5. #5

    Default Re: Scotland Rising

    Oh, and I should add that Ireland (the island) is made up of 3 provinces, not just dublin as in vanilla. Ireland itself starts with 2 provinces, and Dublin as rebel on it's doorstep.

    By the way, why can't I edit my posts? Is that something that comes once you have been a member a certain amount of time, or is that just disabled on these boards?

  6. #6
    Prince Louis of France (KotF) Member Ramses II CP's Avatar
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    Default Re: Scotland Rising

    Once you're a member you'll be able to edit your posts. I think there's a guide about becoming a member in the Entrance Hall forum.

    Keep up the good work with the AAR!


  7. #7

    Default Re: Scotland Rising



    1081 AD

    News of the massacre of the nomads by the Prince troubled King Mael, his wife Mairghreid, and his son Domnal. But they knew there was no other way. If they were to see a united Scotland in their time, this would have to be the answer. The world was advancing at an alarming rate, and they were at a stand still with diplomacy. With the Council of Nobles firmly backing Prince Donnchad, the King had to go along with the plan, or risk losing the support of the budding empire he had worked so hard to form.

    To keep his mind off of the turmoil on the frontier, the Domnal and the King instead focused inward, towards building up the financial infrastructure of their settlements.

    Mael Giric mac Mail Muire, a promising young merchant is the first of a corps of merchants to be hired to seek out resources the Kingdom could use for profit, and other advantages. Mael Giric is promptly sent to the tin mines south of Edinburgh to hone his trade.

    While he had enough on his mind already, King Mael could not help but think about their southern neighbors, the English. Mael was distrustful of the English. They were expansionists, deceitful, and what's worse, influential and powerful.

    With this thought on his mind, it just so happened that the young English princess Adela Plantagenet was making a trip through York. Aengus, Scotland's senior diplomat reported her presence to the King. Aengus wanted to know what the King would have him do.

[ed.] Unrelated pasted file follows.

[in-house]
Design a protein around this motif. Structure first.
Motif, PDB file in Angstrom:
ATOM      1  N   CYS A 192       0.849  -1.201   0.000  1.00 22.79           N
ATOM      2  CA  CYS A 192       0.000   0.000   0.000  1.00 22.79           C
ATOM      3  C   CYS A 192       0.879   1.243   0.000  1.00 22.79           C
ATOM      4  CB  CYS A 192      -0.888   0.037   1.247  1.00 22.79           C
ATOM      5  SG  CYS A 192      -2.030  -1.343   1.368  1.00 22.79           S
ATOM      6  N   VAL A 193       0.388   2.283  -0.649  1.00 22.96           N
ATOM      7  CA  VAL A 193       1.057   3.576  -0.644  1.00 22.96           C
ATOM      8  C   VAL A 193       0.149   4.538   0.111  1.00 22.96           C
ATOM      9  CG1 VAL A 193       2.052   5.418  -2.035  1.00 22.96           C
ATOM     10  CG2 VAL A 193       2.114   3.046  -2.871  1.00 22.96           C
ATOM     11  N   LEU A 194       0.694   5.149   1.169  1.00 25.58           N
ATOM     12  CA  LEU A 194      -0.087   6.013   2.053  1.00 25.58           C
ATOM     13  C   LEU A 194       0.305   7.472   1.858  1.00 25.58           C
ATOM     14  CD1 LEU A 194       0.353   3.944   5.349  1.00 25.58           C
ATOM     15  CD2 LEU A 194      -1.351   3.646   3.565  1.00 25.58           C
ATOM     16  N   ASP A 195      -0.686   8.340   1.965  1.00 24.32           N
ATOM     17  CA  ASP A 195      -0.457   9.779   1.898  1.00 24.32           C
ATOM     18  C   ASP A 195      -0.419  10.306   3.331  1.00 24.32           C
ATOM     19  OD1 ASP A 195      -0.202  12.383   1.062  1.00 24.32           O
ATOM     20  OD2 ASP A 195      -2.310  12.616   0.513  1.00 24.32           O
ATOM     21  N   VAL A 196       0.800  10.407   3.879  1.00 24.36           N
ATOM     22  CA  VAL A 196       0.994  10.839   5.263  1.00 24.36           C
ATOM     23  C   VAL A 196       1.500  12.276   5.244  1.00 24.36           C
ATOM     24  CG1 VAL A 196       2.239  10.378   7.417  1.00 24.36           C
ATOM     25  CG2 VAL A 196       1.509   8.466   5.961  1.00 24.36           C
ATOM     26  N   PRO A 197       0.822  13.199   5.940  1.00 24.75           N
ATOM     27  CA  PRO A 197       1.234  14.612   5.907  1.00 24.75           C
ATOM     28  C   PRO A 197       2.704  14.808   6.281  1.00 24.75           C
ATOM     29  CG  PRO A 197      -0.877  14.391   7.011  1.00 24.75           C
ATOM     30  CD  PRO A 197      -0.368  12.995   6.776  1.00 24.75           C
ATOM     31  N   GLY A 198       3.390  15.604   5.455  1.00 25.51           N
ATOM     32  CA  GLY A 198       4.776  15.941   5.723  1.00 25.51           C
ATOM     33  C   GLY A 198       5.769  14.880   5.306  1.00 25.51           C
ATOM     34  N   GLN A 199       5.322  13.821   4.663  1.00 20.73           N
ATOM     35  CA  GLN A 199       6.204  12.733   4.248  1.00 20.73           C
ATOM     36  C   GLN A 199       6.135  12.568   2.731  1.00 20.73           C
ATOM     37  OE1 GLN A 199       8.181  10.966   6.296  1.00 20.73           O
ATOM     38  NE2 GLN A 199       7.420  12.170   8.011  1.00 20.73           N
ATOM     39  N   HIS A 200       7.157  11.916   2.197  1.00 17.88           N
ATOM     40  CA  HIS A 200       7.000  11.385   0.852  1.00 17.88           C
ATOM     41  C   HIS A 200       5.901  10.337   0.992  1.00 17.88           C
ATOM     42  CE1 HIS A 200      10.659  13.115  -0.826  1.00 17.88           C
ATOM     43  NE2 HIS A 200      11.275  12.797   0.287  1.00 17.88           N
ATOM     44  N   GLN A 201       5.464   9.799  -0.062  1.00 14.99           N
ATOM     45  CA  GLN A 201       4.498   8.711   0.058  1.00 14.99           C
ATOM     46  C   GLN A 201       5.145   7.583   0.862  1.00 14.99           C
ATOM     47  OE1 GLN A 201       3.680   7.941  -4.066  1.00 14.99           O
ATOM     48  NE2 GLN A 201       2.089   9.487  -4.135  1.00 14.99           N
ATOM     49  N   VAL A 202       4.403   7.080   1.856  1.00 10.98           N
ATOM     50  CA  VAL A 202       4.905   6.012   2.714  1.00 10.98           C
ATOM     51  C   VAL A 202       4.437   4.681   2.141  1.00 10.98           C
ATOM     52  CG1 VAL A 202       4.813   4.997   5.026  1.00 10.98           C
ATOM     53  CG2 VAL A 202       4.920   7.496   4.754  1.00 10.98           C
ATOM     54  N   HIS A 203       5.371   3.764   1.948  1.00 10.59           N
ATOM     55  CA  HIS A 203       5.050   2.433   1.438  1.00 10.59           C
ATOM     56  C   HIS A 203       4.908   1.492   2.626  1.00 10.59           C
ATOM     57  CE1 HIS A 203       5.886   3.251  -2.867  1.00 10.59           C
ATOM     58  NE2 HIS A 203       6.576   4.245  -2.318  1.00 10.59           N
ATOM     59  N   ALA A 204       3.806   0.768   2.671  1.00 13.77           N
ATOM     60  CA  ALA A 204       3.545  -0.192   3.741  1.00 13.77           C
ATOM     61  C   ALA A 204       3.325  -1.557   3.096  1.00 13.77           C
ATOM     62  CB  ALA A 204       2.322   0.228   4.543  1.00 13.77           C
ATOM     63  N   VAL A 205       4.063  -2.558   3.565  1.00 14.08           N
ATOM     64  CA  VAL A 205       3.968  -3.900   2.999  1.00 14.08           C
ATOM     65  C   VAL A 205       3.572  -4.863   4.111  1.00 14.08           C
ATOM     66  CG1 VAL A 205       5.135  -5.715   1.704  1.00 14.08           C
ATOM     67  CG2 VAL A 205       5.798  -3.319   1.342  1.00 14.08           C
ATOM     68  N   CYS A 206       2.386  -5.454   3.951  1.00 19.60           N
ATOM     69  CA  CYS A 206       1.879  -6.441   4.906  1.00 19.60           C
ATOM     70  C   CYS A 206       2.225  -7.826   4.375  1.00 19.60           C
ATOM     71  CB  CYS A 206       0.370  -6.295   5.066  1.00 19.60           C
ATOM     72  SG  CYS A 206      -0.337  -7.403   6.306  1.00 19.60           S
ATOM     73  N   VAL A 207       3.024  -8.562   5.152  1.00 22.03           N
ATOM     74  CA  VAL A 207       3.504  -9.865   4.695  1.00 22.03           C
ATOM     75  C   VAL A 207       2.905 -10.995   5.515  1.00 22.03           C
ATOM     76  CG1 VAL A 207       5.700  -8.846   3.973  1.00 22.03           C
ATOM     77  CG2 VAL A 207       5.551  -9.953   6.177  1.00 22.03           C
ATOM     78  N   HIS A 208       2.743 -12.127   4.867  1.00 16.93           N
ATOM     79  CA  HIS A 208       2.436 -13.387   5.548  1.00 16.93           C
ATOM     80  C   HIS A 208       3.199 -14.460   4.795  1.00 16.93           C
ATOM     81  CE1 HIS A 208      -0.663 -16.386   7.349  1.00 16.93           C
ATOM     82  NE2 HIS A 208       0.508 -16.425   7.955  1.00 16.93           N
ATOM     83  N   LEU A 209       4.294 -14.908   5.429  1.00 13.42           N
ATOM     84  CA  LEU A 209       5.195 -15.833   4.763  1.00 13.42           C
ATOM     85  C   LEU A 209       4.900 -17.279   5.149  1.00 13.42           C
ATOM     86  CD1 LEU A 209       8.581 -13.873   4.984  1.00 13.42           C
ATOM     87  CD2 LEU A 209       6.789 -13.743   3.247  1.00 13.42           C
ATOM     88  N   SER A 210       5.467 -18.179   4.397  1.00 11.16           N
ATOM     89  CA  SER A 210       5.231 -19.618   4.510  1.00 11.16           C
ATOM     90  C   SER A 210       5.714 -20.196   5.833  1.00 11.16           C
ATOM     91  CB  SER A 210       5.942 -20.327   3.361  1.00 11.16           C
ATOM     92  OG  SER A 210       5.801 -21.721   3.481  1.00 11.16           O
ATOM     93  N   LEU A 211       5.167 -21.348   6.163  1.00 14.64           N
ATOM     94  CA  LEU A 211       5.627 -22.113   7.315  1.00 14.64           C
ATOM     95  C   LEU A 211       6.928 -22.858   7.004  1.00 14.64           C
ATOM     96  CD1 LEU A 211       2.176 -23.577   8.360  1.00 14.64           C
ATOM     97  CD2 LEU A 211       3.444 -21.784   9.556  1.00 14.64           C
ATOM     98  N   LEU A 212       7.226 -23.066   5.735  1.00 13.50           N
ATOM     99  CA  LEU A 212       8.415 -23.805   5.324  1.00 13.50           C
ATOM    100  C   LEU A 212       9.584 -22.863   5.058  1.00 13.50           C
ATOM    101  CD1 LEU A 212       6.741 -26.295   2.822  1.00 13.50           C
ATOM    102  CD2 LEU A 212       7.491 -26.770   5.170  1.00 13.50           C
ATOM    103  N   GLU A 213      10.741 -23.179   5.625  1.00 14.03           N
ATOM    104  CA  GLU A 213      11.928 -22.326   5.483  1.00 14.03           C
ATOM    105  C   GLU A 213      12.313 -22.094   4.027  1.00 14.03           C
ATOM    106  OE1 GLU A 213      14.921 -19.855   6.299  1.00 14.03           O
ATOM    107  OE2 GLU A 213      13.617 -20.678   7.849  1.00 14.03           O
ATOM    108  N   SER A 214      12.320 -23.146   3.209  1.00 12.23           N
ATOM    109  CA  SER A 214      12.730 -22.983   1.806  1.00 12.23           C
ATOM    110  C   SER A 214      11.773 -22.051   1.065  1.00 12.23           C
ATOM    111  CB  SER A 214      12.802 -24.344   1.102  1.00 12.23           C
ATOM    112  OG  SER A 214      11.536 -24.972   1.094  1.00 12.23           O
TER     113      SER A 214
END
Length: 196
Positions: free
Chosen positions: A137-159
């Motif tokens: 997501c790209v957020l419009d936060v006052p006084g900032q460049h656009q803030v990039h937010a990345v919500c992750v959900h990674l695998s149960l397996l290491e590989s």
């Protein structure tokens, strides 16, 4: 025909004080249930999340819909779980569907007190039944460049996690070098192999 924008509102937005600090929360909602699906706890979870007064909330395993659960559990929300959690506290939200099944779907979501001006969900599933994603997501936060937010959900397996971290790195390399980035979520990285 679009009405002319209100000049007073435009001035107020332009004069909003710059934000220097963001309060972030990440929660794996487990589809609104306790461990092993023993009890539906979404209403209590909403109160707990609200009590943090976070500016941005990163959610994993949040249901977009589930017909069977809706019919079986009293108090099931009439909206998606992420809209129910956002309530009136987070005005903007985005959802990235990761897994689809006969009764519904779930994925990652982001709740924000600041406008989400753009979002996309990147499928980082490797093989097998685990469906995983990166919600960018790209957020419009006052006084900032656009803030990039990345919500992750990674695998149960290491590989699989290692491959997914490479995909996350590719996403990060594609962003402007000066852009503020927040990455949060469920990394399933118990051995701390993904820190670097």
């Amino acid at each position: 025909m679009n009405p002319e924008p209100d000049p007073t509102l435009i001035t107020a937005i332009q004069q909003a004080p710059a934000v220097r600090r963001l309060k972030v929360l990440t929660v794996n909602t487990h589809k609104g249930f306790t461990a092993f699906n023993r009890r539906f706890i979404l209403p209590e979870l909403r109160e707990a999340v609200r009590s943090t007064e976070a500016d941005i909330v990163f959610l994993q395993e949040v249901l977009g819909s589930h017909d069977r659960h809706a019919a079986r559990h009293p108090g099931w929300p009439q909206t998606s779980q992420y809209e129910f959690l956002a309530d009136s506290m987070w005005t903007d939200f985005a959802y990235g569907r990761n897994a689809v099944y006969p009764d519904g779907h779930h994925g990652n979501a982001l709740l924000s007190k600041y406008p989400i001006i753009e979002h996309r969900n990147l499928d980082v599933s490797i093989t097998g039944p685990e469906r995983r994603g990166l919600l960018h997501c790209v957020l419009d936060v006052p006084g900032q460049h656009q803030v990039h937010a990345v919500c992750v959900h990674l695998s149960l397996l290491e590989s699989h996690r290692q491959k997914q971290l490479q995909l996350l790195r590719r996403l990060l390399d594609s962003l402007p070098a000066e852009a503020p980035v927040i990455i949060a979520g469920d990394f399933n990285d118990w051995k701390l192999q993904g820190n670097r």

King Mael pondered this for many days. An alliance is out of the question. It's doubtful they would even accept. But if they did, that would leave the only route to the mainland across a vast spann of ocean, instead of across the short English channel should England eventually fall to Scotland. Indeed, a conflict between the English and the Scots was inevitable. The English' expansionist ways would eventually lead them to be the sole owner of the island, and the Scots need a clear path to the mainland.

    But war at this point was out of the question. What little army Scotland had was already indisposed with the "reunification". And even if they weren't, as much as Mael hated to admit it, Scotland's rag tag miscreants were no match for the professional armies of England... Not yet anyway.

    Finally the King informed Aengus to open negotiations for a Trade treaty, just something to keep the formal lines of communication open. Aengus followed the order, and the deed was done. After some careful negotiations with Princess Adela, the trade treaty was in place.

    Prince Donnchad was angry when he heard the news. As much as King Mael disliked the English, Donnchad hated them 10x worse. After thinking about it for a few days however, Donnchad relaxed and accepted the situation. A trade treaty after all will bring in money for Scotland. It will lead to improved relations. Perhaps one day, even an Alliance... And Donnchad could think of nothing more pleasing to him than sacking a few English cities while under the pretense of a peaceful diplomatic visit.

    Donnchad thought of nothing else on his entire voyage south to the small rebel settlment of York, and it is said that he broke his smile not once.

    1083 AD


    It wasn't until two years later, with Donnchad already well on the way, that King Mael received the official request from the Council of Nobles for the capture of York. This displeased the King. Not only that he was left out of the loop in his own kingdom, but that York was the target. York is a town full of English rebels. As such, England would have the right to lay claim to it. Invoking the wrath of the Kingdom of England was not on King Mael's to do list. He sent a messenger on his fastest horse towards York to caution Donnchad against this action. The messenger never returned.


    The army prepared to enter York. They had made camp just a few kilometers north the night before. That night Prince Donnchad received a visitor from one of the King's loyal messengers. The messenger stated that the King advised against the assault on York. When questioned further on the matter, as to whether this was an order or just the King's "advice", the messenger admitted that the King had given Donnchad broad authority on the matter, and the message was merely the King's word of caution. The messenger was dismissed. Later that night he was seen sneaking out of camp towards York, presumably to warn the citizens there, and was promptly executed.

    It was a crisp fall morning. There was a chill in the air, but the sun had risen above the mountains and already melted away the frost from the night before. Having lived in the cold north all his life, one would think the Prince would be immune to it's effects, but he was not. He despised the cold.